getsockopt, setsockopt - get and set options on sockets
getsockopt(int s, int level, int optname, void *optval,
setsockopt(int s, int level, int optname, const void
getsockopt() and setsockopt() manipulate the options associated with a
socket. Options may exist at multiple protocol levels; they
present at the uppermost ``socket'' level.
When manipulating socket options the level at which the option resides
and the name of the option must be specified. To manipulate
the socket level, level is specified as SOL_SOCKET. To manipulate options
at any other level the protocol number of the appropriate protocol
controlling the option is supplied. For example, to indicate that an option
is to be interpreted by the TCP protocol, level should
be set to the
protocol number of TCP; see getprotoent(3).
The parameters optval and optlen are used to access option
setsockopt(). For getsockopt() they identify a buffer in
which the value
for the requested option(s) are to be returned. For
is a value-result parameter, initially containing the size
of the buffer
pointed to by optval, and modified on return to indicate the
of the value returned. If no option value is to be supplied
optval may be NULL.
optname and any specified options are passed uninterpreted
to the appropriate
protocol module for interpretation. The include file
<sys/socket.h> contains definitions for socket level options, described
below. Options at other protocol levels vary in format and
the appropriate entries in section 4 of the manual.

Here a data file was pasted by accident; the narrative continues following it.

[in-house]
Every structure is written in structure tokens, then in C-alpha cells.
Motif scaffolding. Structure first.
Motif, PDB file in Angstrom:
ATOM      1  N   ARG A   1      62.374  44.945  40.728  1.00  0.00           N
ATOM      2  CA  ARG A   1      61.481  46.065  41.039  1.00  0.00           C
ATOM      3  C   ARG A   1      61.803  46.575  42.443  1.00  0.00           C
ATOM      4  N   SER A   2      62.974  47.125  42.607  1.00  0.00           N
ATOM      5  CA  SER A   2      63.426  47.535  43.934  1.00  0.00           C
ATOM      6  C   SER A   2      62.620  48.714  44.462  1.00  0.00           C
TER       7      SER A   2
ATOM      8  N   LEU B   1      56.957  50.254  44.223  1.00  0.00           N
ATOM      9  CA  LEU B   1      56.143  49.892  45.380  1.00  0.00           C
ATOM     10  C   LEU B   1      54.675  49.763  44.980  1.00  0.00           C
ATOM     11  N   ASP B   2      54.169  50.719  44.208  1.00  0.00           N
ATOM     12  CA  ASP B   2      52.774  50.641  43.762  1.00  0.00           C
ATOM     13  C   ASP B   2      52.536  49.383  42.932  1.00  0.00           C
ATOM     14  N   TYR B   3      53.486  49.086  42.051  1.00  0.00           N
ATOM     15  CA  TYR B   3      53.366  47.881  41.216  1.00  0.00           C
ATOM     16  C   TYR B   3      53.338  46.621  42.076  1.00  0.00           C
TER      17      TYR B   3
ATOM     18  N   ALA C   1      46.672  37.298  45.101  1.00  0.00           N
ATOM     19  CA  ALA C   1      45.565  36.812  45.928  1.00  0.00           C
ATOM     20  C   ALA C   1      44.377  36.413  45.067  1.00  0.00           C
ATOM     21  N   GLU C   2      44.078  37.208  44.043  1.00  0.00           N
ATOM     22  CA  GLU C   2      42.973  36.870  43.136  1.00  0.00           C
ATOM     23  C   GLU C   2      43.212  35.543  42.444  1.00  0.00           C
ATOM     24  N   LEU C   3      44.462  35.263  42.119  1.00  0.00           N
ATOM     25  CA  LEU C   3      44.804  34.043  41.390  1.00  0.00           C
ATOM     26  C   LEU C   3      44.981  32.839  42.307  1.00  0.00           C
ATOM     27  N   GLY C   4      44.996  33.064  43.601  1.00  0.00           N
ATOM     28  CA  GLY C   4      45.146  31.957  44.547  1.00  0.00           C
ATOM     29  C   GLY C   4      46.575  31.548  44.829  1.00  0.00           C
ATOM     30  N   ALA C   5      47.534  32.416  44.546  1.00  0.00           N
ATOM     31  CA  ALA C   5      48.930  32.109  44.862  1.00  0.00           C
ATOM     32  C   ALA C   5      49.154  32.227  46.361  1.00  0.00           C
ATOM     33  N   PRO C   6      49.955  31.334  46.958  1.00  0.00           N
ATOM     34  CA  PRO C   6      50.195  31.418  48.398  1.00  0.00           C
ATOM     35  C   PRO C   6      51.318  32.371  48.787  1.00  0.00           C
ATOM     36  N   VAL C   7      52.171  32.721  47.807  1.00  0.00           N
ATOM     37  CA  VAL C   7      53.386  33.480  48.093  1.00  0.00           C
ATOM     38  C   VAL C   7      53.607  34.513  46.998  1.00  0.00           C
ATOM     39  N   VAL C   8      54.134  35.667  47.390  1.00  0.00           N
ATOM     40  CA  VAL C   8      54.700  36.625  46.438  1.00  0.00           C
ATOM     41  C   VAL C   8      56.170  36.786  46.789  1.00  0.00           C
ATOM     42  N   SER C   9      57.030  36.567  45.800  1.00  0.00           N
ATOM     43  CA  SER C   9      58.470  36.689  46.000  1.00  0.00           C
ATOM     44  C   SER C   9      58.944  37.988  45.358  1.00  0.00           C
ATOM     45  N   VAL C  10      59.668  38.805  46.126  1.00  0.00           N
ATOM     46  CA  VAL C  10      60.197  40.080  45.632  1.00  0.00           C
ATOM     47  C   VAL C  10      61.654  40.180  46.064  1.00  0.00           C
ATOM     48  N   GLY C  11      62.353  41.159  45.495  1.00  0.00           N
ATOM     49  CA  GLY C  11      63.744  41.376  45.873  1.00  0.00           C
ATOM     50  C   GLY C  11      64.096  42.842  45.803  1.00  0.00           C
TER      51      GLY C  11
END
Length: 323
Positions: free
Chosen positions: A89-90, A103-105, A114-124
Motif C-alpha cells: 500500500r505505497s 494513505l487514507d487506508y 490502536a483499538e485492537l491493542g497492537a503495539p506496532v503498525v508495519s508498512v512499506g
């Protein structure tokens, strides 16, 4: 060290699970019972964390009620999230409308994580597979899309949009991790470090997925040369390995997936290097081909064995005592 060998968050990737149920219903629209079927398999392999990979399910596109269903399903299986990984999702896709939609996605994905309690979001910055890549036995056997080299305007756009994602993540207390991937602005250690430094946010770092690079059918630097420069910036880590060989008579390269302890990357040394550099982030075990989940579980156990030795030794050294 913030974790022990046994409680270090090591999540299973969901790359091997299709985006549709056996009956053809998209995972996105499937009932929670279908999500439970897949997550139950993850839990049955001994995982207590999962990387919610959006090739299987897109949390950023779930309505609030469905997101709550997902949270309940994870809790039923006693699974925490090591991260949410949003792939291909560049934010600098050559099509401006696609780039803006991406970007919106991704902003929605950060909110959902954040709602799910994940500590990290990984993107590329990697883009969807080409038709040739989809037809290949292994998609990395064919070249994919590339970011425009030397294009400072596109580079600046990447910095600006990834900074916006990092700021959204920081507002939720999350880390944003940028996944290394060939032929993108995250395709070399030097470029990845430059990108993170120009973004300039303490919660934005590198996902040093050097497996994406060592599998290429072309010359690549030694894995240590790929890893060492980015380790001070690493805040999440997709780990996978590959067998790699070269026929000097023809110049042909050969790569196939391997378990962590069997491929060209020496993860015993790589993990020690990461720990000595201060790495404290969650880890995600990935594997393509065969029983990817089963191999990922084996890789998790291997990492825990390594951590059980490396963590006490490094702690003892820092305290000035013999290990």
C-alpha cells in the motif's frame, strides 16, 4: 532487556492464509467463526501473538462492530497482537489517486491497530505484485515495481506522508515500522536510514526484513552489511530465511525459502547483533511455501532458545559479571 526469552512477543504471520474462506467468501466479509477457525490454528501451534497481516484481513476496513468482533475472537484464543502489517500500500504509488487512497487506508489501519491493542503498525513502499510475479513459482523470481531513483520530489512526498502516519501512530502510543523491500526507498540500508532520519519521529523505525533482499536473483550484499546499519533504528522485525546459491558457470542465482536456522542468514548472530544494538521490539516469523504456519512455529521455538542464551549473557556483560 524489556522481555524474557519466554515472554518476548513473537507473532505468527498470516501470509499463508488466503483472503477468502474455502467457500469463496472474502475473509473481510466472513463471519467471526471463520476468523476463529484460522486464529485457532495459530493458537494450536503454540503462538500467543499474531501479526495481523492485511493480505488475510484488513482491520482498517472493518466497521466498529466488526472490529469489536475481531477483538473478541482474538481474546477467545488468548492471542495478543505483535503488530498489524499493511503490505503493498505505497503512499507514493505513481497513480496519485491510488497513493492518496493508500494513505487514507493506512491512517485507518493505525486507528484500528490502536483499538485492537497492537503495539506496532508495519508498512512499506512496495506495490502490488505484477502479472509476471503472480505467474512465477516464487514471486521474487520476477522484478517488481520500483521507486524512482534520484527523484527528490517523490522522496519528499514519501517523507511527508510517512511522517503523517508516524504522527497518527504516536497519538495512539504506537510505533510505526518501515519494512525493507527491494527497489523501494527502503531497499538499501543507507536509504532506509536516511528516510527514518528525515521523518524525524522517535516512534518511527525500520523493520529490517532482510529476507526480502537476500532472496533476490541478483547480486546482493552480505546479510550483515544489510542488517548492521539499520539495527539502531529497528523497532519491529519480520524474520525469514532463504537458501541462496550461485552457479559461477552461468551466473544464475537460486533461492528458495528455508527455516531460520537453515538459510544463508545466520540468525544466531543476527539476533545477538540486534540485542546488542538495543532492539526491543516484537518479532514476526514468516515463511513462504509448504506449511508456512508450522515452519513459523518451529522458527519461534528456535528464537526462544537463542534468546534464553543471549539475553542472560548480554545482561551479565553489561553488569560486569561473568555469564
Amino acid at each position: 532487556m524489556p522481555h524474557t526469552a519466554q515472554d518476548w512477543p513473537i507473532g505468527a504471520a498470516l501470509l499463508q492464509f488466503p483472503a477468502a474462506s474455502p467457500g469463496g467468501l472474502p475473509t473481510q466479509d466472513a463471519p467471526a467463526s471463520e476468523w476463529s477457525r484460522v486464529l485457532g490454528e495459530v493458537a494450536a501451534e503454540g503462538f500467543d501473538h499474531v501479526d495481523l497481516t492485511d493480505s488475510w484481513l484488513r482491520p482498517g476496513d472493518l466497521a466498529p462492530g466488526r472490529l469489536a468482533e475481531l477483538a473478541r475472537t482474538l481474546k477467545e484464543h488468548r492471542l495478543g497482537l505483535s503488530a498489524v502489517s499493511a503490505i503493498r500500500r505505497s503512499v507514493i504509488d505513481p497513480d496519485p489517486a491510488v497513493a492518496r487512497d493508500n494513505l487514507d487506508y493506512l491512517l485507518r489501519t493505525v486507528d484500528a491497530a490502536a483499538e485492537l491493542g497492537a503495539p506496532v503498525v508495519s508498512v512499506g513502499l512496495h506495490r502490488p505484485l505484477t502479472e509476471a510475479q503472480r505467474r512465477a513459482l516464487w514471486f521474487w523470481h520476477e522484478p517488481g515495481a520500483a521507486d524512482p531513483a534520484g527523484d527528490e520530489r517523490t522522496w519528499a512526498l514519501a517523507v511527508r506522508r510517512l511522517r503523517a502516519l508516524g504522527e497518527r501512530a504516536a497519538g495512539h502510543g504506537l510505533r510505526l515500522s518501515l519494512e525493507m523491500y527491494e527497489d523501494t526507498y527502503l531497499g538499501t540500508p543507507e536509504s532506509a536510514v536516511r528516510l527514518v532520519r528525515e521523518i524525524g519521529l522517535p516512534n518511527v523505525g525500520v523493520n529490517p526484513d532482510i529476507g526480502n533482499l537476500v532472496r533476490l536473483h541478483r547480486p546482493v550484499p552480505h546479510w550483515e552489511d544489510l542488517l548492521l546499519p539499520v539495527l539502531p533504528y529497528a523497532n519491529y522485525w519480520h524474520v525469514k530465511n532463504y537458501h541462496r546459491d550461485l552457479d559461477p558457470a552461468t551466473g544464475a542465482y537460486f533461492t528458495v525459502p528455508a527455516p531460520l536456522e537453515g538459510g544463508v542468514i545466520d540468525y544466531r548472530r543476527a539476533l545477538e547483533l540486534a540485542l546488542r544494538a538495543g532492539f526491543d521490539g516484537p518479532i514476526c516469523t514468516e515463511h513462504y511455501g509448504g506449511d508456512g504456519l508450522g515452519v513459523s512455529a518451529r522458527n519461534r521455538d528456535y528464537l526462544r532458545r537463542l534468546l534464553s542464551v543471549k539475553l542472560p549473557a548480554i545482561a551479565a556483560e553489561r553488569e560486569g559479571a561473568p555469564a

Most socket-level options utilize an int parameter for
setsockopt(), the parameter should be non-zero to enable a
or zero if the option is to be disabled. SO_LINGER
uses a struct
linger parameter, defined in <sys/socket.h>, which specifies
state of the option and the linger interval (see below).
SO_RCVTIMEO use a struct timeval parameter, defined in
The following options are recognized at the socket level.
Except as noted,
each may be examined with getsockopt() and set with
SO_DEBUG enables recording of debugging information
SO_REUSEADDR enables local address reuse
SO_REUSEPORT enables duplicate address and port
SO_KEEPALIVE enables keep connections alive
SO_DONTROUTE enables routing bypass for outgoing
SO_LINGER linger on close if data present
SO_BROADCAST enables permission to transmit broadcast messages
SO_OOBINLINE enables reception of out-of-band data
SO_SNDBUF set buffer size for output
SO_RCVBUF set buffer size for input
SO_SNDLOWAT set minimum count for output
SO_RCVLOWAT set minimum count for input
SO_SNDTIMEO set timeout value for output
SO_RCVTIMEO set timeout value for input
SO_TYPE get the type of the socket (get only)
SO_ERROR get and clear error on the socket (get
SO_DEBUG enables debugging in the underlying protocol modules.
SO_REUSEADDR indicates that the rules used in validating addresses supplied
in a bind(2) call should allow reuse of local addresses.
SO_REUSEPORT allows completely duplicate bindings by multiple processes
if they all set SO_REUSEPORT before binding the port. This
multiple instances of a program to each receive UDP/IP
broadcast datagrams destined for the bound port.
the periodic transmission of messages on a connected socket.
connected party fail to respond to these messages, the connection is considered
broken and processes using the socket are notified
via a SIGPIPE
signal when attempting to send data. SO_DONTROUTE indicates
messages should bypass the standard routing facilities.
messages are directed to the appropriate network interface
the network portion of the destination address.
SO_LINGER controls the action taken when unsent messages are
socket and a close(2) is performed. If the socket promises
of data and SO_LINGER is set, the system will block
the process on
the close(2) attempt until it is able to transmit the data
or until it
decides it is unable to deliver the information (a timeout
in seconds, termed the linger interval, is specified
setsockopt() call when SO_LINGER is requested). If
SO_LINGER is disabled
and a close(2) is issued, the system will process the close
in a manner